Samsung is a massive company with a spectacularly broad product range, but its mobile division accounts for 66% of total profits. If you wanted to hurt Samsung, threatening its smartphone sales is the way to do it. Google’s Motorola division just announced a new project called Ara that seems tailor-made to put a scare into Samsung. The Project Ara team says: “We want to do for hardware what the Android platform has done for software.”
Ara is built around the concept of the smartphone as a series of user-replaceable components with a large group of third-party manufacturers offering compatible technology.
In other words, consumers can assemble their own smartphones to look the way they want, to do what they want and to cost what they want. There isn’t necessarily a single manufacturer. And they don’t have to upgrade the whole device for new technology (such as a better display, battery or even a physical keyboard) —they simply swap out the component. Goodbye upgrade cycle.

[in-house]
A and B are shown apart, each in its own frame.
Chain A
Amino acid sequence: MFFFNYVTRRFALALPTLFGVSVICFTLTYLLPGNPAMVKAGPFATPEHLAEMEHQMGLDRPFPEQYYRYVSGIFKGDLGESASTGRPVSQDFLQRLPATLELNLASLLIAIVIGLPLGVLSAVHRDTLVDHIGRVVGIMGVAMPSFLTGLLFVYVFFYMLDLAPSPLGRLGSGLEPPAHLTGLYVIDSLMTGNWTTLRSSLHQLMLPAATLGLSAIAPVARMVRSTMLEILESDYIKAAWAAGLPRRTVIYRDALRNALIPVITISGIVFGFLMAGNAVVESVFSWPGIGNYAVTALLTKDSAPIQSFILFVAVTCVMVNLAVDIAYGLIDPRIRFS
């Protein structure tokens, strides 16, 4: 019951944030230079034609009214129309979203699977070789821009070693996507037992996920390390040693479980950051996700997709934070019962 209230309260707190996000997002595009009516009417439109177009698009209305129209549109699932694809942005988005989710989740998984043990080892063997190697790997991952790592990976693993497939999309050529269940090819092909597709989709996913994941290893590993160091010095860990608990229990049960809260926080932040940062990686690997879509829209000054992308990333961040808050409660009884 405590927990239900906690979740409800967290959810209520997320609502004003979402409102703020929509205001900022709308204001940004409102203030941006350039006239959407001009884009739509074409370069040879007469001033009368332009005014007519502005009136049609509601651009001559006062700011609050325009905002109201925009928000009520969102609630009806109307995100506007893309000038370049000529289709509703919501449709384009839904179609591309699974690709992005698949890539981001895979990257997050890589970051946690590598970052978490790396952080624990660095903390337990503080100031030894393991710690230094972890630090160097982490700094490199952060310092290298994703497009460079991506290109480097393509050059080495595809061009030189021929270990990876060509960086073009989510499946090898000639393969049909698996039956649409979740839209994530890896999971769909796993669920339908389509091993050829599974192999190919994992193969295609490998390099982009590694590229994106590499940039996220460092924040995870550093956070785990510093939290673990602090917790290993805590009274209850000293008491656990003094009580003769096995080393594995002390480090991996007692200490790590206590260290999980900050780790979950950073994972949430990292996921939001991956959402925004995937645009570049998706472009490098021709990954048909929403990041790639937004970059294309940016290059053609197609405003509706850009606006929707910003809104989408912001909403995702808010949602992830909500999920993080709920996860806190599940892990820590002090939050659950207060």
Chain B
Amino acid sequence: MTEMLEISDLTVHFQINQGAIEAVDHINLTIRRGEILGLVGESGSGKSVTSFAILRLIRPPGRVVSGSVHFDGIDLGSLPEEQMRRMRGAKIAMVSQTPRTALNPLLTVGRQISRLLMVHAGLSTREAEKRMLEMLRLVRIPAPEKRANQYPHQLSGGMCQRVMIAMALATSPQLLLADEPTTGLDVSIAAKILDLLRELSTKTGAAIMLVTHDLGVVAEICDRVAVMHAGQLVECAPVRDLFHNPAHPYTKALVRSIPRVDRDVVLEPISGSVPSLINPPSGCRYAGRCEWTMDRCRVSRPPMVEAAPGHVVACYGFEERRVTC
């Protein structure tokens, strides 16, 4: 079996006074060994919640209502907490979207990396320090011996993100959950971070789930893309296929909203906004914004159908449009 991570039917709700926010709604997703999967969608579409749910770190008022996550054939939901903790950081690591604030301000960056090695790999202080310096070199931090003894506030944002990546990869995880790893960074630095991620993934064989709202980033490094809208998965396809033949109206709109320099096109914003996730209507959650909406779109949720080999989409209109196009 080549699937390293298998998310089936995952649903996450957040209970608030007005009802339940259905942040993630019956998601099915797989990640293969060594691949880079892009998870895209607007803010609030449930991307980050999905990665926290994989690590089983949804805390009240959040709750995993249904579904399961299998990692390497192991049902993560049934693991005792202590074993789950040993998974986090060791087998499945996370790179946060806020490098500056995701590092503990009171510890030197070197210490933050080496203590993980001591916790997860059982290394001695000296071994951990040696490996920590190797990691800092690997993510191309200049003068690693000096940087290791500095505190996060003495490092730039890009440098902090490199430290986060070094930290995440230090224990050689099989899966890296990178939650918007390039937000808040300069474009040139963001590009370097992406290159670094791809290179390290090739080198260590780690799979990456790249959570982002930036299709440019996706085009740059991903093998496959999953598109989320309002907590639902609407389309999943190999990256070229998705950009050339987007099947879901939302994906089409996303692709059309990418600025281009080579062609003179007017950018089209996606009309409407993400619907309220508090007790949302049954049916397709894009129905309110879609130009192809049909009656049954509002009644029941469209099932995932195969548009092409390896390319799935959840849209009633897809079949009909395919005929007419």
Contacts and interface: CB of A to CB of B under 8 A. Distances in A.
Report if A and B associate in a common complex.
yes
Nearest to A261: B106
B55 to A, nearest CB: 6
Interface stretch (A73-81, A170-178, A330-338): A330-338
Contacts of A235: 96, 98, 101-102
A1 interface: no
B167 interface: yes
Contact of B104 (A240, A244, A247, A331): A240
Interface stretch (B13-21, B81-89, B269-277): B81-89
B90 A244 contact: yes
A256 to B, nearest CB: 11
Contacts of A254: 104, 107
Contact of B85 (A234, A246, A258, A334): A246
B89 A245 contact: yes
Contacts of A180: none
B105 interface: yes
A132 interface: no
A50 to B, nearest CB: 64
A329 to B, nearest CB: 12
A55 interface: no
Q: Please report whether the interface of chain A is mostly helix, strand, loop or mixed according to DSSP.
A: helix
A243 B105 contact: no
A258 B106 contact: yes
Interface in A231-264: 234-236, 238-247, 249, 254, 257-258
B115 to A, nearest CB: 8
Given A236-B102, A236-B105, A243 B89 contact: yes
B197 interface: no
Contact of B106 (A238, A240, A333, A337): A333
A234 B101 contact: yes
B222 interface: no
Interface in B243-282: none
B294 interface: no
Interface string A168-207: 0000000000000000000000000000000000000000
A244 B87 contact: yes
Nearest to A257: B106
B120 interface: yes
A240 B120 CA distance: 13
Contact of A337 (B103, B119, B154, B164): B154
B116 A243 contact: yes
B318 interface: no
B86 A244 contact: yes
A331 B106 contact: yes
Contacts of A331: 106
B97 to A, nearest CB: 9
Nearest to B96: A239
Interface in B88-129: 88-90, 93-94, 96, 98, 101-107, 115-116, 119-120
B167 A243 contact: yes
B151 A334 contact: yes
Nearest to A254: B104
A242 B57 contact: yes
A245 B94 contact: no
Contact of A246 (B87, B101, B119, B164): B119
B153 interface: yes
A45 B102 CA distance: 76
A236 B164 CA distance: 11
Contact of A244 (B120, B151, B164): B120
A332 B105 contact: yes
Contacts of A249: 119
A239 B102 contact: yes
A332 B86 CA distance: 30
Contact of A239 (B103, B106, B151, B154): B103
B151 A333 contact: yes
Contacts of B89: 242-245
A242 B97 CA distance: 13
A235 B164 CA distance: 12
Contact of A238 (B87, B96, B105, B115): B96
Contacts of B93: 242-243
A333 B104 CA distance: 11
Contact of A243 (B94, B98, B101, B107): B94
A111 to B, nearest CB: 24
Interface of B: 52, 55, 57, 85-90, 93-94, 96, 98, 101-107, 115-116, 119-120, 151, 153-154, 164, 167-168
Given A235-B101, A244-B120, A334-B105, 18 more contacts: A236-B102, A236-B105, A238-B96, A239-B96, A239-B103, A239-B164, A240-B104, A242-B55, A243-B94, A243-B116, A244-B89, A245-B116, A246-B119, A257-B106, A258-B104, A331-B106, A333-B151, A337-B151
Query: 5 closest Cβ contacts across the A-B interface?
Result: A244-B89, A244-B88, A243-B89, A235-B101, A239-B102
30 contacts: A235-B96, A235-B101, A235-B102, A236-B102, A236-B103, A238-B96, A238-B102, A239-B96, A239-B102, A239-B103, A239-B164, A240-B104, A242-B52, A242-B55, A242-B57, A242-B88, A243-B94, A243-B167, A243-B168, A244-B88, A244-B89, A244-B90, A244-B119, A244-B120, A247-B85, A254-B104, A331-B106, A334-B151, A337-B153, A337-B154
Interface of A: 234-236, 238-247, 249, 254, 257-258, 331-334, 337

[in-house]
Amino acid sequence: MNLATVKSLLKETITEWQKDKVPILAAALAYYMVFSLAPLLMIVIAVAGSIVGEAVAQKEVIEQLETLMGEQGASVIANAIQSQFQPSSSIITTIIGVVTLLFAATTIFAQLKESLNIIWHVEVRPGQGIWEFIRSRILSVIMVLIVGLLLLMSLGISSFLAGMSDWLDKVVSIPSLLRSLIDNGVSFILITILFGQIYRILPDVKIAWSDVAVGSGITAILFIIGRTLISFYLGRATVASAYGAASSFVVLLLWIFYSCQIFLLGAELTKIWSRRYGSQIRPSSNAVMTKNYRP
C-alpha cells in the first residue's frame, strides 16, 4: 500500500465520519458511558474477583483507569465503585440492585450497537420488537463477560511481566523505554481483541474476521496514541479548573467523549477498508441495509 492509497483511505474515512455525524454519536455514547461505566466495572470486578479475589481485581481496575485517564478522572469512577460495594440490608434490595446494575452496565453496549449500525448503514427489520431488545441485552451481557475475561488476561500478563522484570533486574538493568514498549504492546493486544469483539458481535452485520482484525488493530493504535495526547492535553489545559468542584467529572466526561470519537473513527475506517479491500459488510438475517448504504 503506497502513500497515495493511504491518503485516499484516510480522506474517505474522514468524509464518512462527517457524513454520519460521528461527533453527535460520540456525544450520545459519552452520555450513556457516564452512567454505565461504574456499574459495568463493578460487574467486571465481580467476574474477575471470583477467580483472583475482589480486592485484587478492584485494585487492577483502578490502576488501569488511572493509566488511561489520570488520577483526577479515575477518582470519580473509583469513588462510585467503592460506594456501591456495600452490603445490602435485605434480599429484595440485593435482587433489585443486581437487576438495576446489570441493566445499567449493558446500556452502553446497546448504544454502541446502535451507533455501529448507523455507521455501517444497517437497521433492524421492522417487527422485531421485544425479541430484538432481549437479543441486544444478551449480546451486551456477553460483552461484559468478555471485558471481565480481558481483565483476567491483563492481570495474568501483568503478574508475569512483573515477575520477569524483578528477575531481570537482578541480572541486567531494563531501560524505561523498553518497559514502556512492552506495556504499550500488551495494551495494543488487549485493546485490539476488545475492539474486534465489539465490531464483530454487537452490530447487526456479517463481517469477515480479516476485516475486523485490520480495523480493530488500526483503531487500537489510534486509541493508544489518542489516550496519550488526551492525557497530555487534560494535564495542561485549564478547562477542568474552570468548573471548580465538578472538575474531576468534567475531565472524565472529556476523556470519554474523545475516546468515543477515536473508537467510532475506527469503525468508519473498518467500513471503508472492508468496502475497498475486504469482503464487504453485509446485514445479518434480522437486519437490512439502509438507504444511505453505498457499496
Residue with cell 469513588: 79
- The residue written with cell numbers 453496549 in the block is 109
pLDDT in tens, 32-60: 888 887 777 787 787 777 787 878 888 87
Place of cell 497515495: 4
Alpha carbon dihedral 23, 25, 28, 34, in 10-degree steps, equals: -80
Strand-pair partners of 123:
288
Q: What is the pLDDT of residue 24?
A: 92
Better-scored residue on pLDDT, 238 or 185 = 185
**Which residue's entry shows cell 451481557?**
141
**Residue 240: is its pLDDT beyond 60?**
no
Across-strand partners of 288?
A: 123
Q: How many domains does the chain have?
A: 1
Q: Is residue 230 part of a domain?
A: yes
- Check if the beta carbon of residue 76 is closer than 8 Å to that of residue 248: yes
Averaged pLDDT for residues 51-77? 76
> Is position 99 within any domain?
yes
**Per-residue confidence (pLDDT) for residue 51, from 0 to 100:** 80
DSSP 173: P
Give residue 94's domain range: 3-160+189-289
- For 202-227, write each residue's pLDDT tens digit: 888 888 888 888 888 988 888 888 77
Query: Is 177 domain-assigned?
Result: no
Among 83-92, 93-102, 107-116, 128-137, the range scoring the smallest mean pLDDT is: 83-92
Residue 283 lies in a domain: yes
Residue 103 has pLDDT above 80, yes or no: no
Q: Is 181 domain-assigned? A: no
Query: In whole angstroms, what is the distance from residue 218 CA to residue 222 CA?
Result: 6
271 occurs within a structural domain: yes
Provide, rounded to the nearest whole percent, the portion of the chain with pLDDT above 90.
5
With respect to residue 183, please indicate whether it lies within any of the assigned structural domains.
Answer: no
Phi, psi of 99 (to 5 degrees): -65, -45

But wait, if Ara were a reality, wouldn’t it hurt Motorola? The division is on pace to cost Google $1 billion this year, so if it switched from making smartphones to making smartphone components, that would hardly harm Google, and might actually improve the bottom line.
In the meantime, imagine what Ara would do to Samsung, which is hugely reliant on yearly Galaxy smartphone upgrades.
As of this writing, Brad Moon did not hold a position in any of the aforementioned securities.